The Preparation Payoff

One of my clients is the EPFL Innovation Park (EIP). Located on the campus of the École polytechnique fédérale de Lausanne, EIP has provided start-up coaching and acceleration for more than 20 years. EIP has teamed up with several key players in the entrepreneurship ecosystem of Western Switzerland to offer entrepreneurial training programs mandated by the Swiss Commission for Technology and Innovation (CTI). I teach public speaking for business in two of CTI’s courses.

Last month, I worked with a group of 30 entrepreneurs one evening. I went over the elements of a good sales pitch and discussed how to prepare a pitch that makes an impact.  Part of the session was devoted to giving the participants an opportunity to practice their pitches.

One of the entrepreneurs who tried out his pitch was a young engineer named Bastien Rojanawisut. He had not prepared very much for the pitch. Not surprisingly, the results were predictable. The pitch was unfocused and not very effective. The class participants and I gave him feedback, and I went over some of the things to think about when preparing a pitch.

Bastien took the lesson to heart and got to work on his presentation. The other day, he sent me the following message on LinkedIn:

I have a great story for you. During your course I “cold” pitched my project without preparing anything and let’s face it, it was quite bad. I realized that it’s not because the pitch is short that it needs less preparation. It needs a lot of preparation, maybe especially because it is very short!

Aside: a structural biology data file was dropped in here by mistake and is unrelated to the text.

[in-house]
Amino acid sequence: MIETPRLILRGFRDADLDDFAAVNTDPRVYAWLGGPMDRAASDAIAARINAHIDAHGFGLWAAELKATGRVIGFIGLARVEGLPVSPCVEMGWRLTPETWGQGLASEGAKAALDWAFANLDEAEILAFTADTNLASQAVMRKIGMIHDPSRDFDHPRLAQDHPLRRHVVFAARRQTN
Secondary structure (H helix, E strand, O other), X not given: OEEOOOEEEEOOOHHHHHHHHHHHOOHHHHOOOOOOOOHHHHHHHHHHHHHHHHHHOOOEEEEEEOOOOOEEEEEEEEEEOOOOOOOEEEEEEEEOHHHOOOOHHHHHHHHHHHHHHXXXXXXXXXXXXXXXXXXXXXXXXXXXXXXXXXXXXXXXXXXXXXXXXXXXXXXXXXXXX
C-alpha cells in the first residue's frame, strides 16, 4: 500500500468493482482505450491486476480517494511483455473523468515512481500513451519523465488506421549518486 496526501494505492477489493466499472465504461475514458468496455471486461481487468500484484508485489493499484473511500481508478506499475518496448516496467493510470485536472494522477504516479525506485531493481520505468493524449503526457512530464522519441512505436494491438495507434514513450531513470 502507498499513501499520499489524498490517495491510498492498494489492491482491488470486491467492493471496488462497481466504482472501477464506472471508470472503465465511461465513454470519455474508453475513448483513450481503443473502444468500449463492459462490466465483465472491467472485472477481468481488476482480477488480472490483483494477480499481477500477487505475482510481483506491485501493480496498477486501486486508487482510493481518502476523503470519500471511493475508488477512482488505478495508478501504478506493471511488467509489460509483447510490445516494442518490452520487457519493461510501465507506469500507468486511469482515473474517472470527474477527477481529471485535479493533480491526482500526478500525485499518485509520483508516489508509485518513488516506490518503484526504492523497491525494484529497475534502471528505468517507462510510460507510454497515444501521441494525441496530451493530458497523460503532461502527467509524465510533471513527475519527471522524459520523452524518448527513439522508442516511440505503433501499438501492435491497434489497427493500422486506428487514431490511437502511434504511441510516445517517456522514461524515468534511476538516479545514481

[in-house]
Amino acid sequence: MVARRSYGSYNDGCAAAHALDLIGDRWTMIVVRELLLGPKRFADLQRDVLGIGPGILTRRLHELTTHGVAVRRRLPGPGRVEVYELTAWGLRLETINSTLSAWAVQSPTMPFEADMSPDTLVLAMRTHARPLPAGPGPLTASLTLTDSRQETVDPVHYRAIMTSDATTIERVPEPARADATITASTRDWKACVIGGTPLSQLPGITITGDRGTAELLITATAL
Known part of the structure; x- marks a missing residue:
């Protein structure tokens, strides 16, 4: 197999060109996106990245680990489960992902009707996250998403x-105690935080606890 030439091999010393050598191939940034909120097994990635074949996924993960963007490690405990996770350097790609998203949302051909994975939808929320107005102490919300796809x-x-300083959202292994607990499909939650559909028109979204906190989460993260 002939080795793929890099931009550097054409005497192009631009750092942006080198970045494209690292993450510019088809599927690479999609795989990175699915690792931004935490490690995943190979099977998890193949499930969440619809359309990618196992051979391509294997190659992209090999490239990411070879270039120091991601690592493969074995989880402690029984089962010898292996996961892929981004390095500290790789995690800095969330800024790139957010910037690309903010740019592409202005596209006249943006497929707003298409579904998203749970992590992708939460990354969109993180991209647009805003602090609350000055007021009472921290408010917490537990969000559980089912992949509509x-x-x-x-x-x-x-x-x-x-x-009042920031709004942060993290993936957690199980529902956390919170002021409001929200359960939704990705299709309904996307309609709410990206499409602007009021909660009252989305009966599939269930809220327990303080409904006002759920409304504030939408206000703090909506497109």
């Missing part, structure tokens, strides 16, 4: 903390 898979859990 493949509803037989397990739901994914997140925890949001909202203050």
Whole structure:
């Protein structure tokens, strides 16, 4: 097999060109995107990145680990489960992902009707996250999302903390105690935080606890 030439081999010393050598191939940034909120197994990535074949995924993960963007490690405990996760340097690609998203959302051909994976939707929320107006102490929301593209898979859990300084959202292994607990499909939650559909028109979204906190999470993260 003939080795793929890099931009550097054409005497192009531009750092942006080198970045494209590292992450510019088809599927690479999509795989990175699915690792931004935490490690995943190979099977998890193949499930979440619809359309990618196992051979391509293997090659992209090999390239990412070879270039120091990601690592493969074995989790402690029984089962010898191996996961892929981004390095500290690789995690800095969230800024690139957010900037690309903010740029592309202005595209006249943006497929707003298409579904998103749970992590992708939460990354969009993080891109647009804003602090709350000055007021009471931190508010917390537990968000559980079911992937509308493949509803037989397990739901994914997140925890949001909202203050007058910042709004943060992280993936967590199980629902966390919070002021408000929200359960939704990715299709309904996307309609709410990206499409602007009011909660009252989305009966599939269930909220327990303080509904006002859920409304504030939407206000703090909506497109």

It was the first time I presented something like that, unlike the traditional 20-minute things I’ve done so far. So I realized I needed practice and I attended a Pitch Competition in Lausanne one week later. I applied the 1hr/1min rule and prepared the presentation. And guess what: I won the competition against business students (I am an engineer)! I was more prepared than anyone else even though it was not enough.

So again, last Saturday I had to pitch at the CTI Boot Camp for the same idea I pitched in front of you, this time preparing four hours for a two-minute pitch. I knew it by heart. The audience was amazed by my improvements, asked me how I reached that level in such short amount of time. The coach said I am one of the only engineers in the room who actually delivered a real sales pitch.

My project is now selected as part of the CTI course. On top of that I realized how many young entrepreneurs are bad at pitching. So I just registered as a guest to the Toastmasters event in Lausanne this evening, as you recommended.

Looking forward to all the forthcoming times.

Best, Bastien

Kudos to Bastien for learning a lesson a from the first experience, working hard and completely turning it around. I particularly like his astute remark that just because a presentation is short, it doesn’t mean that you don’t need a lot of preparation. Indeed, you need a lot of preparation because it is short.

Ben Franklin

Benjamin Franklin

Preparation—and for me this includes thinking about the presentation, researching, writing, designing the slides and rehearsing—pays dividends. The opposite is also true. As Benjamin Franklin said, “By failing to prepare, you are preparing to fail.”

Following his message above, Bastien wrote to me again and said that he had gone to the Toastmasters meeting in Lausanne. He loved it and is going to join. I wish him success on his speaking journey.


About John Zimmer

International speaker, presentation skills expert, lawyer, improv performer
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